BERMUDA ADS FROM JWT RECASTS ISLE IN NEW LIGHT: UNIQUE CULTURE HIGHLIGHTED IN EFFORT TO COMBAT DIP IN AIR TRAVEL

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Bermuda's Department of Tourism wants travelers to get past the island's good looks.

New advertising from J. Walter Thompson USA, New York, tries to move Bermuda past its reputation as just a luscious tropical oasis.

The $15 million campaign, which begins this week in five key Eastern markets, highlights the island nation's other attributes. Churches, museums, jazz and, even, the Bermuda Triangle take center stage in print ads and TV spots.

PROMOTING FLIGHT

For instance, one TV commercial features the longtail, a bird that flies thousands of miles to its mating habitat in Bermuda. The kicker: "Luckily, humans can fly here in an hour and a half."

Travelers tend to lump Bermuda in with Caribbean destinations, the Bahamas or Mexico, said David Smith, group creative director and senior partner at JWT. The former British colony tends to come up short, because it's more expensive than its tropical counterparts.

OFF RADAR SCREEN

"Bermuda has disappeared from the radar screen over the past few years," he said.

About 500,000 tourists visited the Bahamas in 1998, about the same as in '97. The number of air travelers, however, is steadily dropping.

Air travel to Bermuda has declined about 7% over the past decade. Just in the last two years, flights to the island have declined by 5%, according to figures from the Department of Tourism.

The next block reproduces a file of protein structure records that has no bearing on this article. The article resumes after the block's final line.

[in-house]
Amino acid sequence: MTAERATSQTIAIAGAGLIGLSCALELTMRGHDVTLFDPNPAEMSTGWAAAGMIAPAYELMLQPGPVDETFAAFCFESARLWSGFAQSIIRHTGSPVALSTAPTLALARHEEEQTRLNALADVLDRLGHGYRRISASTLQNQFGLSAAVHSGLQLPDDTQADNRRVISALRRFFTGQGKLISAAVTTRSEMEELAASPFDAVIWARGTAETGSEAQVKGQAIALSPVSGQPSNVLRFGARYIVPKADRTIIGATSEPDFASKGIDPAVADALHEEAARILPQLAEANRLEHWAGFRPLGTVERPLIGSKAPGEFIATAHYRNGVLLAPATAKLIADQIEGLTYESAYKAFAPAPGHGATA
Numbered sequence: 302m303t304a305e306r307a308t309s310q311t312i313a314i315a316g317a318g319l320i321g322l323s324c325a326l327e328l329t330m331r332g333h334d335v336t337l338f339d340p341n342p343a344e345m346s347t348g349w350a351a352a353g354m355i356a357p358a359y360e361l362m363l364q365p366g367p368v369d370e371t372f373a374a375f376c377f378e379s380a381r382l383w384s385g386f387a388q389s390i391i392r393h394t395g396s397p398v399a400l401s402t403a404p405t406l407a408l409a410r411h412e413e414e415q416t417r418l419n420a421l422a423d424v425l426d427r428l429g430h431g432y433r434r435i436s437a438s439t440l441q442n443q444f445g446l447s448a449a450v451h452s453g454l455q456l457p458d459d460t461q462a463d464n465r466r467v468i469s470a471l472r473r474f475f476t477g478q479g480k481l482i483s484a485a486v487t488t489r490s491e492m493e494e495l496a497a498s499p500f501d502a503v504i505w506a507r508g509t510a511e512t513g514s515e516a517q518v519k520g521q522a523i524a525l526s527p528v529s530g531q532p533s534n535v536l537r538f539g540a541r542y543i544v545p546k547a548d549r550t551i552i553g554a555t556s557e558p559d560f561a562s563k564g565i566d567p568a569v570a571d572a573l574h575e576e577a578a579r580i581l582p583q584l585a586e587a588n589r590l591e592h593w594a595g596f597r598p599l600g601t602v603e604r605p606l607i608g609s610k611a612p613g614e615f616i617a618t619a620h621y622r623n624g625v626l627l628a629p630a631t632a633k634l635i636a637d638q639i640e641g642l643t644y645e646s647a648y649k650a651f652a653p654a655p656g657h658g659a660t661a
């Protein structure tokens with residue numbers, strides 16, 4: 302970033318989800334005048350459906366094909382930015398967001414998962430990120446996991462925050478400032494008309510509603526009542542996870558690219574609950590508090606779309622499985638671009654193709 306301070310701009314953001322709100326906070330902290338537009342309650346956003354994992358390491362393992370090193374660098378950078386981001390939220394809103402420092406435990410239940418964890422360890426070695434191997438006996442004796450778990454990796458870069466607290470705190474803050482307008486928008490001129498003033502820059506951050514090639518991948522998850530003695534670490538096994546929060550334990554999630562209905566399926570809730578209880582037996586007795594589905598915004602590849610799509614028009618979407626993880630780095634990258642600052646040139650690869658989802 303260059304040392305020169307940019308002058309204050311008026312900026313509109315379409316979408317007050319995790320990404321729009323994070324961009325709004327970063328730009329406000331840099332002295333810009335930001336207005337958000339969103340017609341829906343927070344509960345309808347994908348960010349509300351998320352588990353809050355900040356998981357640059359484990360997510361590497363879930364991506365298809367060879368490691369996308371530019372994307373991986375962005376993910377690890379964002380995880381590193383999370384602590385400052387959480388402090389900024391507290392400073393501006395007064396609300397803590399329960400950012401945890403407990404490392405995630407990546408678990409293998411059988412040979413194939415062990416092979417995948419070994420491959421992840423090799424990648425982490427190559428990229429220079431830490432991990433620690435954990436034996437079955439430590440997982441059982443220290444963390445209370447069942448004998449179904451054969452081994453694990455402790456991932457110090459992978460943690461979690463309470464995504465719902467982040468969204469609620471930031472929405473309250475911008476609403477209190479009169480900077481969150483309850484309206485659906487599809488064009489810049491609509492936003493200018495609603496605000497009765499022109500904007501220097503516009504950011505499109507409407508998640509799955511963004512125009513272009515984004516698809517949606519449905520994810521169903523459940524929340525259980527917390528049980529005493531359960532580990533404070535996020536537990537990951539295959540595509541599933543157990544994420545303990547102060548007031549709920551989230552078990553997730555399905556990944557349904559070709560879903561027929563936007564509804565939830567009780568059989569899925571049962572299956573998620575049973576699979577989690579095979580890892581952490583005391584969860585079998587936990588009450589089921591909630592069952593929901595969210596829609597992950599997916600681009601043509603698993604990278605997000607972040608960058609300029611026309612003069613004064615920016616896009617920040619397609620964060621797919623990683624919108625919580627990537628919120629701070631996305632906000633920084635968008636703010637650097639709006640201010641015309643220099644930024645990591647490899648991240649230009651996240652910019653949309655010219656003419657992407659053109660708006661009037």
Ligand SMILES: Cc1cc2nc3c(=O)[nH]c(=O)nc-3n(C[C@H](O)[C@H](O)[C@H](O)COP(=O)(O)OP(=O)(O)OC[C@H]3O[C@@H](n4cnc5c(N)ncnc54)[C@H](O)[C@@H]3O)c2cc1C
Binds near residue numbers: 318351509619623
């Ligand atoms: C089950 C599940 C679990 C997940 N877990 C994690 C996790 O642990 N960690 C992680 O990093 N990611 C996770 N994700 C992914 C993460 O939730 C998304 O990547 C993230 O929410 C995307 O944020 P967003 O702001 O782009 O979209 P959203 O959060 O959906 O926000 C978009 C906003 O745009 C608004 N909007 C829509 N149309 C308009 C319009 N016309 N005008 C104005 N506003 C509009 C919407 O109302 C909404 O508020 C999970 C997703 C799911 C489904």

Hotel occupancy rates also are in a slump. The Bermuda Hotel Association reported a peak occupancy rate of 74% in 1980, which had slid to 60% by '98.

The campaign attempts to re-introduce Bermuda to travelers, said Michael Hart, also group creative director-senior partner at JWT.

"We're not stopping at the beach, but instead talking about culture, architecture, and other aspects -- along with talking about the beach and golfing and scuba diving," he said.

The "Out of the blue"-themed effort began last weekend with retail print ads in newspapers, and radio. TV spots break this week and the print advertising breaks in magazines in July.

The campaign eventually will include six TV spots, seven radio spots, seven newspaper ads and as many as 20 magazine ads. But the buys are being concentrated in Atlanta, Baltimore, Boston, New York and Philadelphia.

"As our media planner said, these are targeted rifle shots, as opposed to a bomb going off and just hoping you'll hit something," Mr. Smith said.

The agency also is forsaking demographic buys, instead concentrating on people's affinities, such as scuba divers and romantics.

Gary Phillips, director of tourism for the Bermuda Department of Tourism, said the election of a new government started a rejuvenation and excitement about Bermuda that was the catalyst for the advertising.

"What the new positioning is meant to do over time is try and show the beautiful mosaic of people as well as the experience, history, architecture and so forth," he said. "Bermuda is known, but the perception about Bermuda is outdated."

Interestingly, once the print work was finished, the Department of Tourism held a gallery show to let average citizens on the small island, which sits about 650 miles off the coast of North Carolina, vote for the ads that best reflected the real Bermuda. The winners are the ones JWT will run.

Islanders had other input, too. Mr. Hart said, laughing: "In just talking to the

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